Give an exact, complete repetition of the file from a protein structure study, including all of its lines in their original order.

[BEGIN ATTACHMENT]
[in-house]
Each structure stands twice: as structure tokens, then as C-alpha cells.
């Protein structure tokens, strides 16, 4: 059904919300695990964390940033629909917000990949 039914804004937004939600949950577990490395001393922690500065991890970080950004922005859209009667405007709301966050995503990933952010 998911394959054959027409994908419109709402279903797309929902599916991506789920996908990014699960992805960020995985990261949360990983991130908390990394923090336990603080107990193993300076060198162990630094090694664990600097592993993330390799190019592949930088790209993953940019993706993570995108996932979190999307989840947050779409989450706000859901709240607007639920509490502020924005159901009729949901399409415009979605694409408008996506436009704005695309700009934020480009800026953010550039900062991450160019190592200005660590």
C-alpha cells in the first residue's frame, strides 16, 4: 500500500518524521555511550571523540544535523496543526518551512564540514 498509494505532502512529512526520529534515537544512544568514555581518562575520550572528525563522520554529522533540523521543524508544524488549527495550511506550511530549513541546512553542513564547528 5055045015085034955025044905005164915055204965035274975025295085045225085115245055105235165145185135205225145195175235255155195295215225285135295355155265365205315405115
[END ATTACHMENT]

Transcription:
[in-house]
Each structure stands twice: as structure tokens, then as C-alpha cells.
């Protein structure tokens, strides 16, 4: 059904919300695990964390940033629909917000990949 039914804004937004939600949950577990490395001393922690500065991890970080950004922005859209009667405007709301966050995503990933952010 998911394959054959027409994908419109709402279903797309929902599916991506789920996908990014699960992805960020995985990261949360990983991130908390990394923090336990603080107990193993300076060198162990630094090694664990600097592993993330390799190019592949930088790209993953940019993706993570995108996932979190999307989840947050779409989450706000859901709240607007639920509490502020924005159901009729949901399409415009979605694409408008996506436009704005695309700009934020480009800026953010550039900062991450160019190592200005660590």
C-alpha cells in the first residue's frame, strides 16, 4: 500500500518524521555511550571523540544535523496543526518551512564540514 498509494505532502512529512526520529534515537544512544568514555581518562575520550572528525563522520554529522533540523521543524508544524488549527495550511506550511530549513541546512553542513564547528 5055045015085034955025044905005164915055204965035274975025295085045225085115245055105235165145185135205225145195175235255155195295215225285135295355155265365205315405115